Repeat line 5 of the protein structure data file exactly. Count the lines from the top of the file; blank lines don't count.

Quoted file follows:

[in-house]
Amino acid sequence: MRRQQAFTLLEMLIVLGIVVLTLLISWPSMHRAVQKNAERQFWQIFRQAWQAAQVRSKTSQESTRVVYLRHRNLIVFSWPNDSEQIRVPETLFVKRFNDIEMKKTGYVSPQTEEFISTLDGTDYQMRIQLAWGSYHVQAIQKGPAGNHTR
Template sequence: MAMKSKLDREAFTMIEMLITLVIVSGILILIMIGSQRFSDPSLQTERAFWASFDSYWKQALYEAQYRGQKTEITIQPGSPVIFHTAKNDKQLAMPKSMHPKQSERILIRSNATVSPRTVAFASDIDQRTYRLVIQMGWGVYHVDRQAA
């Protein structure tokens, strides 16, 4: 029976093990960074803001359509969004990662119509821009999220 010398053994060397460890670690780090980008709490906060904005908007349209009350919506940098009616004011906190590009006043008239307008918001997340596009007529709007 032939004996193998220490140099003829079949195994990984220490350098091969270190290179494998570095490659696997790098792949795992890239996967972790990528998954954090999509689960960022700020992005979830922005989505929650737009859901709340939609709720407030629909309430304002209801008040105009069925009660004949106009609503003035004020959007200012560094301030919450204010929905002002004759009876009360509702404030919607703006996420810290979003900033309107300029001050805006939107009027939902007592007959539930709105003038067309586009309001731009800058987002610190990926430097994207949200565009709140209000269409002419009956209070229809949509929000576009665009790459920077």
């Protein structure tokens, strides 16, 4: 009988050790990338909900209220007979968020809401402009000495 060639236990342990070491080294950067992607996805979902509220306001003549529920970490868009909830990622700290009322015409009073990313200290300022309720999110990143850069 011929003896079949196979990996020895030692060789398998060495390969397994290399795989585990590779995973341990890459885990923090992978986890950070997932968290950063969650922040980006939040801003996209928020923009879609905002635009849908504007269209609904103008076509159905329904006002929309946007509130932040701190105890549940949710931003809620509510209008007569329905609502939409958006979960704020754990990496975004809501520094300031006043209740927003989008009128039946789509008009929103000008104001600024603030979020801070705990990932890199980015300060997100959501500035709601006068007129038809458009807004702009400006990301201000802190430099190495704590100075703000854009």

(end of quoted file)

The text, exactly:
């Protein structure tokens, strides 16, 4: 009988050790990338909900209220007979968020809401402009000495 060639236990342990070491080294950067992607996805979902509220306001003549529920970490868009909830990622700290009322015409009073990313200290300022309720999110990143850069 011929003896079949196979990996020895030692060789398998060495390969397994290399795989585990590779995973341990890459885990923090992978986890950070997932968290950063969650922040980006939040801003996209928020923009879609905002635009849908504007269209609904103008076509159905329904006002929309946007509130932040701190105890549940949710931003809620509510209008007569329905609502939409958006979960704020754990990496975004809501520094300031006043209740927003989008009128039946789509008009929103000008104001600024603030979020801070705990990932890199980015300060997100959501500035709601006068007129038809458009807004702009400006990301201000802190430099190495704590100075703000854009």